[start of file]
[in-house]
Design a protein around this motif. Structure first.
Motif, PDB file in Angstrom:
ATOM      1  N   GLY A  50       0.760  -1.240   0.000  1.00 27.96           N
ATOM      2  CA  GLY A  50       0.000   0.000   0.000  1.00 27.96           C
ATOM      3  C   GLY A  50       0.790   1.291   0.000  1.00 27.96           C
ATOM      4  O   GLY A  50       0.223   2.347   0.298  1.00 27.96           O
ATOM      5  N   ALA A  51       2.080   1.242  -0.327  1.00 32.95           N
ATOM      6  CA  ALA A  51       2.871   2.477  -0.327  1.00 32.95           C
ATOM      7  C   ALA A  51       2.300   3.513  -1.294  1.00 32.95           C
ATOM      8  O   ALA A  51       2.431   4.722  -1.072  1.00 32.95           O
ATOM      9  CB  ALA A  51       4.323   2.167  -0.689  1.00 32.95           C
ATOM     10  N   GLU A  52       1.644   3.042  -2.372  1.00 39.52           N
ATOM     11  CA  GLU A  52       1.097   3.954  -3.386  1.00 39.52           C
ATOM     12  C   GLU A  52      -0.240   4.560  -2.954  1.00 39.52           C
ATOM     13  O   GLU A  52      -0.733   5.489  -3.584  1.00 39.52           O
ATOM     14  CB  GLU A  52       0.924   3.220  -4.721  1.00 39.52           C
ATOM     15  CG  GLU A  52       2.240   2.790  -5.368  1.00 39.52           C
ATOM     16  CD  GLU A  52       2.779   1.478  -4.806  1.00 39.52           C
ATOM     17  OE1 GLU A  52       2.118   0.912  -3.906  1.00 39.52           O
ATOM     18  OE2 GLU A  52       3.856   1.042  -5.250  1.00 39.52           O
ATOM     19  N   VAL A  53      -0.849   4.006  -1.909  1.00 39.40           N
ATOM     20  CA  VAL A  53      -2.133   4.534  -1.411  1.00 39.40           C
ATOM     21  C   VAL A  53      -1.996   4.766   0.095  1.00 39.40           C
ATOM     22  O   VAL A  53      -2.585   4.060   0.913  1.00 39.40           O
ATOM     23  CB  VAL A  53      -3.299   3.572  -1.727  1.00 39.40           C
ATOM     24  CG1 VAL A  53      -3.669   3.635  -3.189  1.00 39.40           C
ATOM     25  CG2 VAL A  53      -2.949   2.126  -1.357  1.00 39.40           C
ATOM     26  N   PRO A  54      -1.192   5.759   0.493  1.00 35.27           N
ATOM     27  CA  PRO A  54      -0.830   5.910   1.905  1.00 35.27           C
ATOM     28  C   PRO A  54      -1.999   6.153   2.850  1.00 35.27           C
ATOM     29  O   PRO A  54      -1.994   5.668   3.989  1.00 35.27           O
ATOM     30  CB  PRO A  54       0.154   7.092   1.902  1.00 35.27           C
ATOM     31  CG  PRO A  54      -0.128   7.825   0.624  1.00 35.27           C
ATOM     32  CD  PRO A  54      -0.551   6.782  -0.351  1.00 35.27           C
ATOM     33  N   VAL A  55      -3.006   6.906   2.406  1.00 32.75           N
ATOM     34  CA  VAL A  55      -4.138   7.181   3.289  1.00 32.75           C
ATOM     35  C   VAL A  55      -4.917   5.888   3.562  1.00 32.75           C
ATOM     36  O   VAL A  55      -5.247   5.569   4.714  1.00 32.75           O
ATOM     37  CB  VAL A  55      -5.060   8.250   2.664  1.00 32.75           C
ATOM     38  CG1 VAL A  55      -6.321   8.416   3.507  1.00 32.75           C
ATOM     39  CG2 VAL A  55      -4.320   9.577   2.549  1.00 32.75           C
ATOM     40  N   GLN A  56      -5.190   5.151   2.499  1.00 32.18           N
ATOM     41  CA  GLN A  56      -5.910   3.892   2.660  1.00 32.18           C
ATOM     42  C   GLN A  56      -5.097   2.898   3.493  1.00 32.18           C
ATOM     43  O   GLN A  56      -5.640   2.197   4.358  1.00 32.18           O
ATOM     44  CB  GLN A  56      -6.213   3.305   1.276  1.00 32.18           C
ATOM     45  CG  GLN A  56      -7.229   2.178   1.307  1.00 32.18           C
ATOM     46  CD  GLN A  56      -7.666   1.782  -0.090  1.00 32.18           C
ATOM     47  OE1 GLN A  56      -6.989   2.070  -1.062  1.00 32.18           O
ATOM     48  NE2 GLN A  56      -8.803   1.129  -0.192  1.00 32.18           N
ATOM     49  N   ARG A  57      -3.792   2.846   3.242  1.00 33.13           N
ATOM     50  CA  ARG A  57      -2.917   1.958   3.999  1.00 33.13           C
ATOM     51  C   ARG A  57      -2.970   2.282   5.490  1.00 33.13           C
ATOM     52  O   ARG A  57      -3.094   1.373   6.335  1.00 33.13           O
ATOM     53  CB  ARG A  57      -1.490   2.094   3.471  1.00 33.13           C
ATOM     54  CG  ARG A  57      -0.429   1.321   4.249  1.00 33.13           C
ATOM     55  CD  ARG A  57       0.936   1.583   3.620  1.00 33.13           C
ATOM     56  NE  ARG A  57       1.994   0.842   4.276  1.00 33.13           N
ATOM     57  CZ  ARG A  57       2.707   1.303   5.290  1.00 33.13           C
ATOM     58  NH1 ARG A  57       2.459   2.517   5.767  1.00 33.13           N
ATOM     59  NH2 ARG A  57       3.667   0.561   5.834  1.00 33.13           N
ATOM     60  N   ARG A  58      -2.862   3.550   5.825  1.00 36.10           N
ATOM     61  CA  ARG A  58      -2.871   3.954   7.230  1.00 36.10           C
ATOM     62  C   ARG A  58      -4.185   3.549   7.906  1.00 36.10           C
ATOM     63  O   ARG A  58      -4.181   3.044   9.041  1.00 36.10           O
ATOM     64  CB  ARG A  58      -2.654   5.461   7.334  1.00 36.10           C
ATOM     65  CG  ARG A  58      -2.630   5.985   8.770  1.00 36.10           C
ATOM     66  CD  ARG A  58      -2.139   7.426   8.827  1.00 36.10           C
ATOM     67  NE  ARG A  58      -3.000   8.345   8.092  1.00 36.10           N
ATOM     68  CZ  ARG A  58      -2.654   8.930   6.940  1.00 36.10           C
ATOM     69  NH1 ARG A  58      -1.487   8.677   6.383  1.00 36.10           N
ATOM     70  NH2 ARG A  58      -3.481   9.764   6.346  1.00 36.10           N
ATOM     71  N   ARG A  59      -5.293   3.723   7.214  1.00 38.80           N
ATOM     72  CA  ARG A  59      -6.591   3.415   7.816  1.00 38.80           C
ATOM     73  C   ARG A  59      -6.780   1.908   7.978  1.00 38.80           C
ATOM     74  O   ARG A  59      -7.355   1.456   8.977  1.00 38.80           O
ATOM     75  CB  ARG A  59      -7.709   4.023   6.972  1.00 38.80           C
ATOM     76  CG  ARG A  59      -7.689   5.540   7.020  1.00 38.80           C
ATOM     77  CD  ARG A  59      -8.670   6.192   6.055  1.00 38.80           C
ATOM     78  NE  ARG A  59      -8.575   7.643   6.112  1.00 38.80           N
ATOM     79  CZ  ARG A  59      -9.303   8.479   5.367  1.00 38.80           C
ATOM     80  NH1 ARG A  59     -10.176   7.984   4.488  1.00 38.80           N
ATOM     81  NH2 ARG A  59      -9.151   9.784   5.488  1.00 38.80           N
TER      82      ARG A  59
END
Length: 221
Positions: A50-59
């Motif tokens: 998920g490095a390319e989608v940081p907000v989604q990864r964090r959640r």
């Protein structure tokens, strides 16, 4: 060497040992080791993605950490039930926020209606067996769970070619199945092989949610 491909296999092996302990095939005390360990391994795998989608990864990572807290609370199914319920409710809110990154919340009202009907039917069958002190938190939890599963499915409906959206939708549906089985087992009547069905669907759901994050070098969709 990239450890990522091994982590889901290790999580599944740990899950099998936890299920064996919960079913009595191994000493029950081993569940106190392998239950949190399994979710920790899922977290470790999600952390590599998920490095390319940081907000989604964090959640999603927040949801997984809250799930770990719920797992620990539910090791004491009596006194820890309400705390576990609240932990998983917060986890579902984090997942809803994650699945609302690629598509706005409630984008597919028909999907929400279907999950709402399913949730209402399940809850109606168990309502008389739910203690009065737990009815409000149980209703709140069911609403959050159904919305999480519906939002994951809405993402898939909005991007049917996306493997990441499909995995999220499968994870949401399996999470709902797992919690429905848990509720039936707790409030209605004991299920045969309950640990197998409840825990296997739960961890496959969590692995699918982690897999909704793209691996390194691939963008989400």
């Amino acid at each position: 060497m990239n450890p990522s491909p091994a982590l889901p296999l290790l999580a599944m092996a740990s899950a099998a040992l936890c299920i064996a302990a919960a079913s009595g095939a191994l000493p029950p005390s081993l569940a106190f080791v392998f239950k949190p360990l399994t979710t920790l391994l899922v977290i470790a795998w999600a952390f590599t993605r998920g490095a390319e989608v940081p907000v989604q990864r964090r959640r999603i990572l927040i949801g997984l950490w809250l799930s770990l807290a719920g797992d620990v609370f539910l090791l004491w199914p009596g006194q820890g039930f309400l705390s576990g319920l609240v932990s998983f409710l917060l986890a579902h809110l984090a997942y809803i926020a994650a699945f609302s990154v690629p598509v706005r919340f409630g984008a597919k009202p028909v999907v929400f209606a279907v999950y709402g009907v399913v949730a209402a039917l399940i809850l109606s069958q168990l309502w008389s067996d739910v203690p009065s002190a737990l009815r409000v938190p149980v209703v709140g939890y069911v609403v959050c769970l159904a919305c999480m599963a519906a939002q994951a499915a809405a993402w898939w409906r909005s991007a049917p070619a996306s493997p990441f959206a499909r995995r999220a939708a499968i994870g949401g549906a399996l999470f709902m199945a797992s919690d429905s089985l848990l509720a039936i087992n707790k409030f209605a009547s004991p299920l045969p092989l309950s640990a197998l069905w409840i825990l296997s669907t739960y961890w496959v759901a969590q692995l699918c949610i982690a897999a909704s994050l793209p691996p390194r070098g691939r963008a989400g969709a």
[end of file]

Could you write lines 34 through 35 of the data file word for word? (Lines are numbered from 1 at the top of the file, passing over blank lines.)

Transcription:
ATOM     31  CG  PRO A  54      -0.128   7.825   0.624  1.00 35.27           C
ATOM     32  CD  PRO A  54      -0.551   6.782  -0.351  1.00 35.27           C